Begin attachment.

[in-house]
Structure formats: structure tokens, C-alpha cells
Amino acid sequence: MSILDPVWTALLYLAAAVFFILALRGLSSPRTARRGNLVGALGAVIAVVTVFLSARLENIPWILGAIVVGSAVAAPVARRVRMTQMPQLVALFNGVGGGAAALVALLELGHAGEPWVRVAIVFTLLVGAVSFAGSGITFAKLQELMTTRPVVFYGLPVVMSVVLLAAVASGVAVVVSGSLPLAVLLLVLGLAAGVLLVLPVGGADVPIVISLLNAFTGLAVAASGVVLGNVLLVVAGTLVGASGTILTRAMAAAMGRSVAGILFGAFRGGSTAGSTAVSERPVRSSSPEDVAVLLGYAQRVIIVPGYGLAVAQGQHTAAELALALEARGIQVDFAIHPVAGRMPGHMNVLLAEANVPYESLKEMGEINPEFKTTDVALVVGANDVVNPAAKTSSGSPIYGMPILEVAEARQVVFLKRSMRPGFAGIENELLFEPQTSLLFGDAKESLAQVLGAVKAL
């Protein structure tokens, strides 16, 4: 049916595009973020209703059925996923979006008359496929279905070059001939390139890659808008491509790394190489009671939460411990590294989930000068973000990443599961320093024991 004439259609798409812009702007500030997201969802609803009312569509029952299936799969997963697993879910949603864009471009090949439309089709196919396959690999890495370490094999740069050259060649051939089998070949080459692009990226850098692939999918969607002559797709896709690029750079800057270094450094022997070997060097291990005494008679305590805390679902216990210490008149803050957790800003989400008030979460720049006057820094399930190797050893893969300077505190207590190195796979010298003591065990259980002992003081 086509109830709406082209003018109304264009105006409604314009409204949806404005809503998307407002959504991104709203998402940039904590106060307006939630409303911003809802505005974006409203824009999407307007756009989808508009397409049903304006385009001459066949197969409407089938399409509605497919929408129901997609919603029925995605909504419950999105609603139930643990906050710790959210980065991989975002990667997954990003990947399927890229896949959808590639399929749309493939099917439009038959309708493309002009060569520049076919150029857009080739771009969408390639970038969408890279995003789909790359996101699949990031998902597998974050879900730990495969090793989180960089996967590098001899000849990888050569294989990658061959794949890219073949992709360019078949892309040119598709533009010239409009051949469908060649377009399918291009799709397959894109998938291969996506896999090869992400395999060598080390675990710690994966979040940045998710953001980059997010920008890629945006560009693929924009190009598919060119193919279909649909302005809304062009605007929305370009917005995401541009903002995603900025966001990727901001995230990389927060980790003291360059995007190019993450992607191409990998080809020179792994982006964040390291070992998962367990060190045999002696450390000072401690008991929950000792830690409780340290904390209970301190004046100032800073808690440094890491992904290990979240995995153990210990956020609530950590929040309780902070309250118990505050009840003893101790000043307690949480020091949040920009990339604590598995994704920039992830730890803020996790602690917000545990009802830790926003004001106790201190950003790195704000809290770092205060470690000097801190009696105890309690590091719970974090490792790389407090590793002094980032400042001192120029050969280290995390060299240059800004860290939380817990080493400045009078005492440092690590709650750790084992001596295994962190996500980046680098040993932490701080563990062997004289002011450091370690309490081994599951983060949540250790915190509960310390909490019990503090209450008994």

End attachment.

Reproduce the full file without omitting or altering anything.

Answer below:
[in-house]
Structure formats: structure tokens, C-alpha cells
Amino acid sequence: MSILDPVWTALLYLAAAVFFILALRGLSSPRTARRGNLVGALGAVIAVVTVFLSARLENIPWILGAIVVGSAVAAPVARRVRMTQMPQLVALFNGVGGGAAALVALLELGHAGEPWVRVAIVFTLLVGAVSFAGSGITFAKLQELMTTRPVVFYGLPVVMSVVLLAAVASGVAVVVSGSLPLAVLLLVLGLAAGVLLVLPVGGADVPIVISLLNAFTGLAVAASGVVLGNVLLVVAGTLVGASGTILTRAMAAAMGRSVAGILFGAFRGGSTAGSTAVSERPVRSSSPEDVAVLLGYAQRVIIVPGYGLAVAQGQHTAAELALALEARGIQVDFAIHPVAGRMPGHMNVLLAEANVPYESLKEMGEINPEFKTTDVALVVGANDVVNPAAKTSSGSPIYGMPILEVAEARQVVFLKRSMRPGFAGIENELLFEPQTSLLFGDAKESLAQVLGAVKAL
């Protein structure tokens, strides 16, 4: 049916595009973020209703059925996923979006008359496929279905070059001939390139890659808008491509790394190489009671939460411990590294989930000068973000990443599961320093024991 004439259609798409812009702007500030997201969802609803009312569509029952299936799969997963697993879910949603864009471009090949439309089709196919396959690999890495370490094999740069050259060649051939089998070949080459692009990226850098692939999918969607002559797709896709690029750079800057270094450094022997070997060097291990005494008679305590805390679902216990210490008149803050957790800003989400008030979460720049006057820094399930190797050893893969300077505190207590190195796979010298003591065990259980002992003081 086509109830709406082209003018109304264009105006409604314009409204949806404005809503998307407002959504991104709203998402940039904590106060307006939630409303911003809802505005974006409203824009999407307007756009989808508009397409049903304006385009001459066949197969409407089938399409509605497919929408129901997609919603029925995605909504419950999105609603139930643990906050710790959210980065991989975002990667997954990003990947399927890229896949959808590639399929749309493939099917439009038959309708493309002009060569520049076919150029857009080739771009969408390639970038969408890279995003789909790359996101699949990031998902597998974050879900730990495969090793989180960089996967590098001899000849990888050569294989990658061959794949890219073949992709360019078949892309040119598709533009010239409009051949469908060649377009399918291009799709397959894109998938291969996506896999090869992400395999060598080390675990710690994966979040940045998710953001980059997010920008890629945006560009693929924009190009598919060119193919279909649909302005809304062009605007929305370009917005995401541009903002995603900025966001990727901001995230990389927060980790003291360059995007190019993450992607191409990998080809020179792994982006964040390291070992998962367990060190045999002696450390000072401690008991929950000792830690409780340290904390209970301190004046100032800073808690440094890491992904290990979240995995153990210990956020609530950590929040309780902070309250118990505050009840003893101790000043307690949480020091949040920009990339604590598995994704920039992830730890803020996790602690917000545990009802830790926003004001106790201190950003790195704000809290770092205060470690000097801190009696105890309690590091719970974090490792790389407090590793002094980032400042001192120029050969280290995390060299240059800004860290939380817990080493400045009078005492440092690590709650750790084992001596295994962190996500980046680098040993932490701080563990062997004289002011450091370690309490081994599951983060949540250790915190509960310390909490019990503090209450008994």